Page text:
understanding what free and open source software is and what it is about (the philosophy behind it) should be a prerequisite of using Linux and BSD.
Supposing you're right on that last point though: Nothing wrong with servers and niche audiences...

In fact GNU/Linux is already a niche thing. Go and ask the average person on the street what GNU/Linux is and I guarantee you that "90+%" won't have heard of it. In fact "90+%" won't have heard about 'buntu either... there are people better qualified and with higher intellect than you or I who have not heard of Linux and have no desire to hear about it.
Again, we've established that we don't care about those people. Linux, GNU or otherwise, is not nearly as "niche" as it was even 5 years ago and that will continue to change as users look for alternatives to the increasingly restrictive versions of Windows. These are the people we want. People who care about how their computer runs and want to learn more, but are only familiar with Windows and have never tried Linux. Ubuntu offers an easy, straightforward way to download and try a "version" of Linux and helps the user ease into one of the first big hurdles of Linux, installing the OS.

I first used Ubuntu and only stayed with it for a few months before I was switching to other distros that got progressively more and more "hands on." There seems to be this idea that once a Windows user makes the switch they will only stay with Ubuntu while I see that as a small minority. It took me all of 1-2 days after installing Ubuntu to learn that there were tons of other distros out there to try and any bad habits acquired from Ubuntu (which are minor with the average user interacting less at the command-line and more with GUI programs the Windows habits are probably much more detrimental) are squashed by the communities of these other distros fairly quickly.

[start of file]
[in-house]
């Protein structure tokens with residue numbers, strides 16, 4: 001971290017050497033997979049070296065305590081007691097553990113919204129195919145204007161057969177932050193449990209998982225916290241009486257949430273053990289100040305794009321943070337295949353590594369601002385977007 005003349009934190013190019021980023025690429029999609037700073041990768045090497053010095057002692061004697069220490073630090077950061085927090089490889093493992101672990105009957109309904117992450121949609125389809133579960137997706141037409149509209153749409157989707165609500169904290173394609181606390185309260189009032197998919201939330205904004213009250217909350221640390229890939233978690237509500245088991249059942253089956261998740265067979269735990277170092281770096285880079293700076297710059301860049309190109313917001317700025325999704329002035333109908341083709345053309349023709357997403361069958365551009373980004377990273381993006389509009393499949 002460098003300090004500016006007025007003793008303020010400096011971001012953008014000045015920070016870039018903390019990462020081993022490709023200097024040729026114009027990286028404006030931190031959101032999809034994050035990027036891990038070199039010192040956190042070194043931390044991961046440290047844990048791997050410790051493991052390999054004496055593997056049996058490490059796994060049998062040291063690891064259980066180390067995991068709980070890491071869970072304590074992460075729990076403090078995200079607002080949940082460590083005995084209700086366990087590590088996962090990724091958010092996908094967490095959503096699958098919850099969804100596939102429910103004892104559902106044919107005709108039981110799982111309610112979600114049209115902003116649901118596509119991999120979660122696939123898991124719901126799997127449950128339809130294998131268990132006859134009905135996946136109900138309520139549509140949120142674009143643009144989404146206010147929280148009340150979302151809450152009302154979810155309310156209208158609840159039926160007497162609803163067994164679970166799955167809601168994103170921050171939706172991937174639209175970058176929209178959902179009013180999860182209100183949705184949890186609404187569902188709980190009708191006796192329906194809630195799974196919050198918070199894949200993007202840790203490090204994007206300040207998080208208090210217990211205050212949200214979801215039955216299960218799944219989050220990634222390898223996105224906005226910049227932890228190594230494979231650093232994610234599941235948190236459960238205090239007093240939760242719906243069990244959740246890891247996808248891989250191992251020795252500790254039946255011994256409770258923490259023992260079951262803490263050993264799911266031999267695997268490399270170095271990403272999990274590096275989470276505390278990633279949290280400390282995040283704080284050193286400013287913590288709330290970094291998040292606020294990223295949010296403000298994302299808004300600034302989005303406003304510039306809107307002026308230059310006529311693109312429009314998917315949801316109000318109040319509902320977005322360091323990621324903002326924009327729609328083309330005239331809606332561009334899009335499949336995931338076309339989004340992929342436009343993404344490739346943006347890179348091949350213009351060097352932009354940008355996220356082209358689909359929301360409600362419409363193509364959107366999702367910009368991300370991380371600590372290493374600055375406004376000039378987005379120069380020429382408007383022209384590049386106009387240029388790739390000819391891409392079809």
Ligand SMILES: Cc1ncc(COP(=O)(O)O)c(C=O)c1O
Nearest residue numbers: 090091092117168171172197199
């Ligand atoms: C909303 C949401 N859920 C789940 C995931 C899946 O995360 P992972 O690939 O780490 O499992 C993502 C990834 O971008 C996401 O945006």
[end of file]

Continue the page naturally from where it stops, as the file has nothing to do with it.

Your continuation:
GNU/Linux is a niche OS and trying to dumb things down to appeal to the masses is the wrong way to go and always has been. If GNU/Linux was to become a perfect OS for the average person and a competitor to windows and apple in 5 years time - it would have sold out most of it's principles to get there and would no longer be GNU/Linux. Canonical ltd's mission objective just seems to be to create another proprietary OS - via the back door - some people are very laissez-faire about this, but they obviously have no concept of what they are sacrificing - only to get back to where they started.
When did I ever mention "dumbing down" GNU/Linux? The fact is Canonical seems to want to differentiate themselves from GNU/Linux, and they have already dumbed down their OS. Instead of fighting against it to no effect, I'm saying embrace it as a way to still potentially bring in GNU/Linux users, at least while Ubuntu is still referred to as "Linux," without affecting actual GNU/Linux development. I'd love to be able to play more games on my Linux computer without having to go through a VM, does that mean I want to "dumb down" the product? I don't think so. But I'd love to see more functionality. No good comes out of turning our noses at people interested in learning and possibly developing for Linux in the future.

I'm not going to keep fueling this fire as obviously no one's opinion is going to change so this will be my last post. I just think stepping back and looking at the "damage" Canonical has done in comparison with Windows or Mac is minimal at best and still offers benefits to the GNU/Linux community.
 
A

arochester

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The Original Post was made to several Forums on 29th May.

As far as I know the Original Poster has never returned to the scene.

Are we going to see interminable argument here without any meaningful outcome?

There are some people who support Ubuntu. There are some people who condemn it. Some argue black, some argue white. Few argue shades of grey.

What is the end position here? Is there one? If not, people must agree to differ...